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In Naples, a voice from the skies announces one morning that the final judgment will be at 6 p.m. on that day. What follows is a series of vignettes depicting various people's reactions (or lack there of) to the announcement.
Gianni, Nicola and Antonio become close friends in 1944 while fighting the Nazis. After the end of the war, full of illusions, they settle down. The movie is a the story of the life of ... See full summary »
Alberto Nardi (Alberto Sordi) is a Roman businessman who fancies himself a man of great capabilities, but whose factory (producing lifts and elevators) teeters perennially on the brink of ... See full summary »
Agnese, a 15-year-old Sicilian girl is seduced and impregnated by Peppino, her sister Matilde's fiancé. Soon Vincenzo, Agnese's father, discovers everything. He wants to force Peppino to ... See full summary »
Augustino works as the General Secretary of Social Morality Union and takes fight to all kinds of mundane vices - striptease, nudity in movies and commercials. He is incorrupt and ... See full summary »
Vittorio De Sica,
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Antonio is a jolly and precise guy working for an auto factory in northern Italy. He decides to take his wife and two daughters on vacation to Sicily, so that they can finally see his hometown and meet his family. He's excited to show them around and dispel many of their negative stereotypes about Sicilians. He even dispels stereotypes about the mafia, saying that being a mafioso as a teen amounted to just being a messenger boy. But as Antonio reconnects with his past in Sicily, he finds out that there are more sides to being a Sicilian than he remembers. Written by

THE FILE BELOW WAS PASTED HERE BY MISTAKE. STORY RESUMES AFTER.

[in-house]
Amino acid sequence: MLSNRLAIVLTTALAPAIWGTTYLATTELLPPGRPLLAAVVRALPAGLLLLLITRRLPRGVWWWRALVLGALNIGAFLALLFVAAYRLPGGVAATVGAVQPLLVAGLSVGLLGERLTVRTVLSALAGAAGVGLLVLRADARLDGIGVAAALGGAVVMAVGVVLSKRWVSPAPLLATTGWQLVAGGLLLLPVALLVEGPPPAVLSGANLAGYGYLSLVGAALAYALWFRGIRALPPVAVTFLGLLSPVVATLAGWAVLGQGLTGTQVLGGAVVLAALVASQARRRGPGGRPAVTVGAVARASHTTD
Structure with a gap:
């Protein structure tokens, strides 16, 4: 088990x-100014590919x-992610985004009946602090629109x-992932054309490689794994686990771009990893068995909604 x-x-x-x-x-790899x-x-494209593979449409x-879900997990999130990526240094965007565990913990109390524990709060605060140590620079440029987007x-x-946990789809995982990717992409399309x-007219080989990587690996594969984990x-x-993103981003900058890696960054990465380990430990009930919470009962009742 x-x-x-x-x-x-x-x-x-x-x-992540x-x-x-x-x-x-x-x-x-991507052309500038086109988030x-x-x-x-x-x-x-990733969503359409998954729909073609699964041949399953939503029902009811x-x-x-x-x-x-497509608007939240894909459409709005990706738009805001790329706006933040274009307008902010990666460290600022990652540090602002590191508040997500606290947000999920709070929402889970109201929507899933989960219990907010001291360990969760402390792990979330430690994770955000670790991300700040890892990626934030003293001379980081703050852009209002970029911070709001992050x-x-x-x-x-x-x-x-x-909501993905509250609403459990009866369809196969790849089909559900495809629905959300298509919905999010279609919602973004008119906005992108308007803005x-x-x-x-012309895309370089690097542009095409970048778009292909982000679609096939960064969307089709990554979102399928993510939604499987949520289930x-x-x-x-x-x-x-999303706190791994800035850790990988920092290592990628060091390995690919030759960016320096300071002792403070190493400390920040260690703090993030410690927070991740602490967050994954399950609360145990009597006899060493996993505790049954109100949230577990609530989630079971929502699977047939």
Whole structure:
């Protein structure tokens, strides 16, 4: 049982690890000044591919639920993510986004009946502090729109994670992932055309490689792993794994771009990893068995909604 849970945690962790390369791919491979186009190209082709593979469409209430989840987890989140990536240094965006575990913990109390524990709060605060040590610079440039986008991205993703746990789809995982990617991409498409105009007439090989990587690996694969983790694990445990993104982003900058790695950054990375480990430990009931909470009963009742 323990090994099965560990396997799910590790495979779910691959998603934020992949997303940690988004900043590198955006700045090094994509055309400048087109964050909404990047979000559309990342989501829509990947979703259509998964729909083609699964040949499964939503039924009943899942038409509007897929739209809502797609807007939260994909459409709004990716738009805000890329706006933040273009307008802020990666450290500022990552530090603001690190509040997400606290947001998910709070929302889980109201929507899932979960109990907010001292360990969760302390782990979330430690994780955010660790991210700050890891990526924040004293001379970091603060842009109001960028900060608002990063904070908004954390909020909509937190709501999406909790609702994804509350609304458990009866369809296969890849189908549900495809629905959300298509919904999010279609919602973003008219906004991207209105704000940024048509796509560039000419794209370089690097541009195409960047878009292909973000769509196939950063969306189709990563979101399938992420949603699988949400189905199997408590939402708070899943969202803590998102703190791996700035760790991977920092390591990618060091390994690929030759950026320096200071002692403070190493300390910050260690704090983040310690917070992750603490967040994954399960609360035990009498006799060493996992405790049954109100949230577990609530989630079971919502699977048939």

This is the face of a MAFIOSO...sometimes smiling, sometimes savage. Here is the story of a man who returns to his native Sicily for a holiday and finds himself again bound to the silent laws of "The Honored Society."
Albert Sordi is virtually unknown here in the United States. He's been called the Italian Peter Sellars but I think that should be reversed, Sellers was the British Sordi. Just one look at his performance in this film should cement that fact that Sordi was by far a better dramatic actor then anything I've seen Sellars do.
I had the pleasure of seeing this film twice and it really improves the second time. The loud behavior is a little off-putting the first time but the second viewing revealed all the incredible subtleties in the film and the performances.
The direction is extremely good. Director Lattuada is unknown here despite his extensive resume. I could see a definite influence on Sergio Leone in the camera placement and attention to detail. And the music is exceptional as well. The switch to serious drama is what makes this a great film. A lesser production would have made the mafia into clowns.
If the film comes into town make a point to see it. It's better then most of the stuff being made today.
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